One huge bit of disinformation that’s been kicking around for generations is that what doesn’t kill you makes you stronger. Several of my colleagues living on Boston’s Beacon Hill spent a vast amount of time talking this up and getting sick on weird concoctions that made them ill, and then when they recovered, they would beat their chests and exclaim that they were invincible. The leader of this cult of stupidity was a guy named Tom Armstrong. He was a latecomer to the merry crew at the Folkie flop house we called the Palace. And he was not a good influence on the others.

At this point, I was no longer in regular residence because I was in the Navy. For the time being, I was stationed in Newport, Rhode Island, and it was convenient to shift into civvies, catch a bus to Boston, and pretend to be a civilian for a while. Serving in hospitals had given me a chance to observe the adverse effects of toxic materials on the human body, so I tried to establish a position directly opposite that of Tom, stating that harsh and poisonous substances might not kill you right away, but over the long haul they did their damage.
Talking to a wall might have done more good. Instead, every Thursday, there was the cocktail of the week. And the following day, there were satisfied groans about how bad it had been.

Finally, one morning, I pulled into the bus station near Park Square and hopped off a red-eye express to find Tom waiting for me. “Come on, John’s very sick!” I was hustled into a car, and we careened toward Beacon Hill while a panicked Tom laid out the previous night’s events.

The cocktail had included a generous dose of Nux Vomita*. Now just as it sounds, this substance is a powerful and dangerous product derived from the seeds of the tree, sometimes referred to as the strychnine tree because of the poison strychnine it contains. Nux Vomita is not something to play around with. I don’t believe it has been on the USP Materia Medica since the 1930s. It is rumored to have finished Alexander the Great and many others. I asked Tom what had persuaded him to include this in his Thursday concoction, and he replied with a smile, “It’s supposed to give you impressive Woodies.” “So you poisoned everyone for the sake of an extra hard boner? What sort of a fuckin’ idiot are you?” His reply was a snide “Well, it worked for me.”
We arrived in time to see John hauled away by an Ambulance. His girlfriend, a nurse at the nearby Mass General Hospital, had come over and found John nearly comatose in a pool of vomit and called for help. She had brief nasty words for all of us but singled out Tom for a blistering rebuke that left the rest of us in awe of her ability to peel paint off a post with only her tongue.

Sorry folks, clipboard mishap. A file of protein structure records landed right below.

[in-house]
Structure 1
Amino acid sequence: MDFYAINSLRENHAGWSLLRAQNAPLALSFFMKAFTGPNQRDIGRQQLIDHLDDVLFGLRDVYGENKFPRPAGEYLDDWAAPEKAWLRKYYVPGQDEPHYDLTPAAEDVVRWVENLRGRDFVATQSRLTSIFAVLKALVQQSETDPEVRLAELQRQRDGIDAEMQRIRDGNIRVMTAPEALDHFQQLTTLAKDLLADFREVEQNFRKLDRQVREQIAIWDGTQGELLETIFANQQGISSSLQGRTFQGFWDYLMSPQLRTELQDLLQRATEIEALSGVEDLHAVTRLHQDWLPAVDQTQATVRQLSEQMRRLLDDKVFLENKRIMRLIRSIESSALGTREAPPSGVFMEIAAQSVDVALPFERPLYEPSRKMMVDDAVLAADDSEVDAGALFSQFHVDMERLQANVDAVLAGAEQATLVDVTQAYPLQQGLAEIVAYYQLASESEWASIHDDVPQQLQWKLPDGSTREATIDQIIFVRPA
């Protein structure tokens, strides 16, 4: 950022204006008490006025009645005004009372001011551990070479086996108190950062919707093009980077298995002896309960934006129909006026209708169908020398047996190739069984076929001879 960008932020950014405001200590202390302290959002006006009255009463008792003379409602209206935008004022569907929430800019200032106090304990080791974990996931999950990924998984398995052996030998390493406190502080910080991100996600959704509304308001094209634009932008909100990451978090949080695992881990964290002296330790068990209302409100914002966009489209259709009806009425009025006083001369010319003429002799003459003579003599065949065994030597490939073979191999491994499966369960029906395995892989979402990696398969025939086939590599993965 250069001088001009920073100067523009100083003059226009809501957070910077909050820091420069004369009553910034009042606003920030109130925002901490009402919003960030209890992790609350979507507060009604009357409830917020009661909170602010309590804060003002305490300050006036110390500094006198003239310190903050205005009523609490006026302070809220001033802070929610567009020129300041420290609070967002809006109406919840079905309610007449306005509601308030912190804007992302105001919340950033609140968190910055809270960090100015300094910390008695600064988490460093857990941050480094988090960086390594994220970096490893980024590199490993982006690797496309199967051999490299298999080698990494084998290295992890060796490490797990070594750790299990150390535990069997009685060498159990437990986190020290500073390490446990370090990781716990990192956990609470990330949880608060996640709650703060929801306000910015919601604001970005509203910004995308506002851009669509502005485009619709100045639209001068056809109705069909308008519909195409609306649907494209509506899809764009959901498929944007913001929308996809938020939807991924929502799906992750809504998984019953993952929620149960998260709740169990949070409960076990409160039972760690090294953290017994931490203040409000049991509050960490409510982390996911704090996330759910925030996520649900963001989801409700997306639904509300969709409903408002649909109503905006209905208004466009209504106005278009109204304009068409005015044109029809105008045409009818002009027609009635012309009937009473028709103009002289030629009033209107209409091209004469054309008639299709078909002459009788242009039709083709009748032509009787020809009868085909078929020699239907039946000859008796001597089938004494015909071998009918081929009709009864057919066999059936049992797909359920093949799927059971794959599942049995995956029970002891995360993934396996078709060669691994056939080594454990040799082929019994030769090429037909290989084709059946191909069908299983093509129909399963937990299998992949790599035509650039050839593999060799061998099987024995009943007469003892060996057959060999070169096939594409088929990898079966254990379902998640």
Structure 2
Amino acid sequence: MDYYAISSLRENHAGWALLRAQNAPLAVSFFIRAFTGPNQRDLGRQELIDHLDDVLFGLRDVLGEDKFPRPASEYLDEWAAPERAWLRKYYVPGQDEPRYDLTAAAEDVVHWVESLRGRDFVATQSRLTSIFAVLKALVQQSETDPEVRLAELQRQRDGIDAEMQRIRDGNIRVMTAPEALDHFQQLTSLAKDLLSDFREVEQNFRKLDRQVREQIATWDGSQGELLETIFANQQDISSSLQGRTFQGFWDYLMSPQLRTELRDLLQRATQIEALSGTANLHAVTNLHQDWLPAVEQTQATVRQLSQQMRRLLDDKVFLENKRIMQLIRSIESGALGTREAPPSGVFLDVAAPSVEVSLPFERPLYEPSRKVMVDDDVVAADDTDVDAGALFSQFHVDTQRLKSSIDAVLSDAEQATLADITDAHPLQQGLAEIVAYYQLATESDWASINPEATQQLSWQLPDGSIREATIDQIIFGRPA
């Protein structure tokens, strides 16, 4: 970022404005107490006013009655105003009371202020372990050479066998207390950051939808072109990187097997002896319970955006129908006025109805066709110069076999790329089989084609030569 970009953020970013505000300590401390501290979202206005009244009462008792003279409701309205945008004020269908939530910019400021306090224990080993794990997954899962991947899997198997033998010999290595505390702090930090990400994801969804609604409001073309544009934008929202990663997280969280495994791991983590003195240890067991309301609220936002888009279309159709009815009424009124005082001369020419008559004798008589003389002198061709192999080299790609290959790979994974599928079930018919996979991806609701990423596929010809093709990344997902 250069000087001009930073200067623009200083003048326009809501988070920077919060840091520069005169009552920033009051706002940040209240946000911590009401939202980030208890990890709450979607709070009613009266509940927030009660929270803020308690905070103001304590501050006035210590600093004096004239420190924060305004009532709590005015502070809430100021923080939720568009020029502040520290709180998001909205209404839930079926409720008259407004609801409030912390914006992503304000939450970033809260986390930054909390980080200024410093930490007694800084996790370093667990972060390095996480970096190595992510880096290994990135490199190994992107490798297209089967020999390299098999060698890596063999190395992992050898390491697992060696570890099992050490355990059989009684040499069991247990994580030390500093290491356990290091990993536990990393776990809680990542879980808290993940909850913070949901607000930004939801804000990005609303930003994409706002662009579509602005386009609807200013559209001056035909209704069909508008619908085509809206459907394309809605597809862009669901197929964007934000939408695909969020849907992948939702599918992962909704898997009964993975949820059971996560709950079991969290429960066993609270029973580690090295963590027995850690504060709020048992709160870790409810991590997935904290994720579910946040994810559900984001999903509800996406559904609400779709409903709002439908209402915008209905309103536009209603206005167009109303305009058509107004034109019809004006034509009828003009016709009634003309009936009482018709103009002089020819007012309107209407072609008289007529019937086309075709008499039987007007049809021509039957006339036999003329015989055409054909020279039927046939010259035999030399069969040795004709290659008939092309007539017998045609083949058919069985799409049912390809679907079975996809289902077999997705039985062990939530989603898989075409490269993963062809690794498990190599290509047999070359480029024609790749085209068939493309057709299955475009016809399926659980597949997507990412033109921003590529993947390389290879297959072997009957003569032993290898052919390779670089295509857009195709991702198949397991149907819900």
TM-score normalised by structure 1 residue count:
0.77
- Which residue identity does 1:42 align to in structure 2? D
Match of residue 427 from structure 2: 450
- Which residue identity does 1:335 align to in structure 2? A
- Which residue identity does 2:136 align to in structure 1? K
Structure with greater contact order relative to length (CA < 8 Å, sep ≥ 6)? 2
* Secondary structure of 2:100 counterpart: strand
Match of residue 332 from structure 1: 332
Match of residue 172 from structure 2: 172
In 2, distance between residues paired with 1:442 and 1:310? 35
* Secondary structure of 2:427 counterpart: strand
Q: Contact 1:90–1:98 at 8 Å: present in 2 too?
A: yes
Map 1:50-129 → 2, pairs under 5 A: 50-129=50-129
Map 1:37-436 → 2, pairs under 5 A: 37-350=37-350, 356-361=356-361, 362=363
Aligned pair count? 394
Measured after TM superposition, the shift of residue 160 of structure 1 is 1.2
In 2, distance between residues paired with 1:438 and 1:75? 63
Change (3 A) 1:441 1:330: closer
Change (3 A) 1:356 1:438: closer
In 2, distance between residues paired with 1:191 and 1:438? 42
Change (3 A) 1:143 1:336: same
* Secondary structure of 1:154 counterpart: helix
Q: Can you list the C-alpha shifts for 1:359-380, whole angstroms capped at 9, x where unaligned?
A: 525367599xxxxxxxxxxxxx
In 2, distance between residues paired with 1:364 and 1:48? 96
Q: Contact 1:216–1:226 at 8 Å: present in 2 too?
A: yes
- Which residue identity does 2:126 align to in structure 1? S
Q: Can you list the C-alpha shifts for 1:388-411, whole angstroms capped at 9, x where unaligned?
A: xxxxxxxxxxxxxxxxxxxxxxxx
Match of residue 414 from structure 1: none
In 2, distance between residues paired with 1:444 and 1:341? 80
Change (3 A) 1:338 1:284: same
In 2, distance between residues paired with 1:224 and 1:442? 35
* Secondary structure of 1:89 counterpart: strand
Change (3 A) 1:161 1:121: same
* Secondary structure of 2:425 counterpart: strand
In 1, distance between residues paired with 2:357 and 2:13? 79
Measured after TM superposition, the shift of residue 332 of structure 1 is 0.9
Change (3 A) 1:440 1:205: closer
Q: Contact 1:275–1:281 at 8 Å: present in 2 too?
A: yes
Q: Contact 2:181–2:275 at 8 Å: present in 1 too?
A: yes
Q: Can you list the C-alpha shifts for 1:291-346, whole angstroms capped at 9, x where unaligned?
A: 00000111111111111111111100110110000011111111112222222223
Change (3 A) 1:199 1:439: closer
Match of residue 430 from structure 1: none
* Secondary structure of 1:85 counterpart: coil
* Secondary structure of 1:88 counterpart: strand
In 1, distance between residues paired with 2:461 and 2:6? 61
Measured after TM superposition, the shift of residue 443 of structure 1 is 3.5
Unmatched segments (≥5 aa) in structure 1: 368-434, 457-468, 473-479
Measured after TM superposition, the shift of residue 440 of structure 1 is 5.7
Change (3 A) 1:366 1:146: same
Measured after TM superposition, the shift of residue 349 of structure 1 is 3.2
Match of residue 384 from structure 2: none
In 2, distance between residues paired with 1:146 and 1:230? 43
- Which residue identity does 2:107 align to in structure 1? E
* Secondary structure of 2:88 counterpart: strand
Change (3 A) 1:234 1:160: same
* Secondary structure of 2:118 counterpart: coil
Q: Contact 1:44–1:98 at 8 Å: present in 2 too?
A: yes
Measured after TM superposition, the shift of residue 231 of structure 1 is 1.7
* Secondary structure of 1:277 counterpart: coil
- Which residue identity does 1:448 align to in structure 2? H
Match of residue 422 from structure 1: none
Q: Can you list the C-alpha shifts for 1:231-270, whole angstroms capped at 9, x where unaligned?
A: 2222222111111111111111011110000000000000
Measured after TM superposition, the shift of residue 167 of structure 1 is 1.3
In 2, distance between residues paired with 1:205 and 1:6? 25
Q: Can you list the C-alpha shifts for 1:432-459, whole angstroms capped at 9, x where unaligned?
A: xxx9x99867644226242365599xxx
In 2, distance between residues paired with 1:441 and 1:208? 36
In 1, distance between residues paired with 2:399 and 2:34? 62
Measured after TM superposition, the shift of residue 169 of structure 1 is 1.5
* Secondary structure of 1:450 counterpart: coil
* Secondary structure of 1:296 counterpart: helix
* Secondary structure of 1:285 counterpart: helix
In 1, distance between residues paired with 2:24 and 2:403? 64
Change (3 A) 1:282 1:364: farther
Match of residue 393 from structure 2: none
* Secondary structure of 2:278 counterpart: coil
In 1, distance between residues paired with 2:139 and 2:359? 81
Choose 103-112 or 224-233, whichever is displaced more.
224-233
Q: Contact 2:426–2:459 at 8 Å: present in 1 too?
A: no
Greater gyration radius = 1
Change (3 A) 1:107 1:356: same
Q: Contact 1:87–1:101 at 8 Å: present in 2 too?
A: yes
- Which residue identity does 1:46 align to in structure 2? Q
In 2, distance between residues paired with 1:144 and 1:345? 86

The Thursday night club continued for about another year until Tom was diagnosed with liver disease. This chilled the enthusiasm for poisonous cocktails and demonstrated that did not kill you immediately could kill you just a bit down the way and not make you stronger.

*Inspiration for this post was stirred by another blogger using a picture of some ancient medications, including Nux Vomita. The photo stirred up memories of an incident close to the one I’ve fictionalized here. Thanks, Doc!

White Horse Circle

This is a Flashback Friday post from the days a few years ago when we were under a Covid lockdown:

Most of us have events that echo through the corridors of our lives. Thirty, forty, and fifty years later, it remains like a rhythm track beating at an intersection from a car seven cars ahead. You can’t make out the song, but you hear the beat. I have that sort of track inside me, and it emerged briefly to thump into action this morning as I emerged from the house into the downpour to go to the store, out of quarantine.
It was 1960, something. I was standing in the pouring rain in Hamilton Township, New Jersey, at the White Horse traffic circle. It was me, my soaked clothes, and a guitar. The guitar had some extra clothes wrapped inside the case to keep the guitar dry. I was praying for a ride.
Out of the night appeared a large black sedan full of African American Church ladies. I heard one of them holler out to me, “Hurry in, there’s room for one more if we squeeze!” and squeeze we did to Philadelphia.
They grilled me: did my mother know where I was? What was I doing in the middle of nowhere New Jersey in a storm like this? It went on, but in such loving terms that I soon broke down in tears. Out it came my life’s current romantic, financial, and existential crises off the rails.
Then a quiet voice asked: “May we pray for you?” and pray they did all through the dark wet night from White Horse Circle on NJ 226 to North Philly. Letting me out where I could catch a train, I was told: “You’ve gotten prayed over good. Don’t forget; God loves you.”

OK, it wasn’t my tradition. I’m a Methodist escapee from a Catholic upbringing. But the rhythm, the memory kept returning, and I am in that car with those ladies praying for me. And, as I said, it’s like a powerful rhythm track. I can’t hear the words, but I feel the powerful beat. I am so grateful to those ladies; they prayed over me so well that all these years later, It’s still there.

Thank You.


Amplitude is a bit more than it might seem. Amplitude in loudness turns a folksingers ballad into a booming, unappealing wave of noise. But, on the other hand, too little amplitude in sincerity leaves an emotional appeal devoid of conviction.